For many college students, this is the first presidential election in which we will get to vote.
Our social media feeds, professors, parents, friends and just about every other influential outlet have urged us to register to vote and show up to the polls Nov. 3 — either in-person or through mail-in ballots.
At Shippensburg University, ShipVotes has worked extremely hard to promote the civic duty on campus and to provide voters with necessary resources, including transportation.
It is important that we educate ourselves on the issues, and not just vote the way our parents or friends vote. We have a voice and our votes will be counted, but only if we vote.
The way we vote will affect our lives for the next four years and beyond. While one vote may not seem like a lot, it makes a huge difference.
But on Nov. 4, we must remember to be respectful to one another. We must try to back off the edge and get to a place where we can have civil political discourse without fear.
We must be able to talk to one another, grounded in ethics and standards. There needs to be a marketplace of ideas where we can meet together to build a better future for us all.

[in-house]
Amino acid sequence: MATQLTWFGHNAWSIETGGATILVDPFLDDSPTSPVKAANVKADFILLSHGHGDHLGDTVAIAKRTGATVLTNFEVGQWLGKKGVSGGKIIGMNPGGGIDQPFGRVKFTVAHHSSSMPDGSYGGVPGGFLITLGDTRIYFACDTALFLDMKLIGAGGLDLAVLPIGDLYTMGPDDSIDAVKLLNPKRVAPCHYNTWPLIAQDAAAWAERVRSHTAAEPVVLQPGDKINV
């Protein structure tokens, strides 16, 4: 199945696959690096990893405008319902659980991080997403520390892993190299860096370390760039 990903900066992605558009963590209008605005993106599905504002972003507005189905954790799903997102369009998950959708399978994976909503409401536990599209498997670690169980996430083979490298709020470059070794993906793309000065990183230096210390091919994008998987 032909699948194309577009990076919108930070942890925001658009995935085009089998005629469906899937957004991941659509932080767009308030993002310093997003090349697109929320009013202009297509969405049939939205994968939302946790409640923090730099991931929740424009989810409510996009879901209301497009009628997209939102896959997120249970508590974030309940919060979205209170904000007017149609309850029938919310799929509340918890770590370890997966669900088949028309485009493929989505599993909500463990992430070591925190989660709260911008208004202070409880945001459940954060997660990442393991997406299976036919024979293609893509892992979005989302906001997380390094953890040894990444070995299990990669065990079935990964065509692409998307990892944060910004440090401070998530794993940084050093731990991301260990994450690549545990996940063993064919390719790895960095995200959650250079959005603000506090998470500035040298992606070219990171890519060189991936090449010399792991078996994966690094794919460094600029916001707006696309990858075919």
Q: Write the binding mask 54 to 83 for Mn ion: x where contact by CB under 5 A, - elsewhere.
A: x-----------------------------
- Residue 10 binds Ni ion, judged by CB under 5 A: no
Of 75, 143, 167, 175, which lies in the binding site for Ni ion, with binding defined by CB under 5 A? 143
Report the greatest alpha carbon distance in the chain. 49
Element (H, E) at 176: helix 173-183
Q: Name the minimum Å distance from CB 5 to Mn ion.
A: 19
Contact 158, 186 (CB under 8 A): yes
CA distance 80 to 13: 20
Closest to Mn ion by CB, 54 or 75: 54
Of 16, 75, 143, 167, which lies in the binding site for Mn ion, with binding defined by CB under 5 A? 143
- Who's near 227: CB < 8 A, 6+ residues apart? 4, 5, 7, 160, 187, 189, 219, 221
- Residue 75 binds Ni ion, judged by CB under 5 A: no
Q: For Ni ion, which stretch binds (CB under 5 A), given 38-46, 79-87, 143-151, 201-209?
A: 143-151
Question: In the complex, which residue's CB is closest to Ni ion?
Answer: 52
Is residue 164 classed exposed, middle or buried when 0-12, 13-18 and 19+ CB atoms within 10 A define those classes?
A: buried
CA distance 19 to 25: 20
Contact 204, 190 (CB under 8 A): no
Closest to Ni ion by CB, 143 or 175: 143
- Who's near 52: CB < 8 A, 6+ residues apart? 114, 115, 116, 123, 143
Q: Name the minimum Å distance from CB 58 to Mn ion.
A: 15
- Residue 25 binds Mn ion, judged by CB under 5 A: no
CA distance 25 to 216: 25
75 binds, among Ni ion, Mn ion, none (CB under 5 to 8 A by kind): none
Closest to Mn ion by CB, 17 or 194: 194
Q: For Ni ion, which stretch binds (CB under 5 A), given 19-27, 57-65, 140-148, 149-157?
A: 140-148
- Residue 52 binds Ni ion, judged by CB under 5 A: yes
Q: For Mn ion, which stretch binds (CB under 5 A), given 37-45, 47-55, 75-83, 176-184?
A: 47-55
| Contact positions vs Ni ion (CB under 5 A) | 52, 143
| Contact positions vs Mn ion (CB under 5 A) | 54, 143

We want to be able to hold a conversation with someone who is not like-minded, without shutting the other person down when they say something in which we disagree. We must be respectful of all people — no matter who they are.
While these discussions may be harder to have right now, we need to have human decency and respect for one another.
We do not always have to agree with one another, but we must make sure that everyone’s human rights are met.
We must ensure that all people are valued. There are a lot of strong opinions in this election, and there is a lot at stake.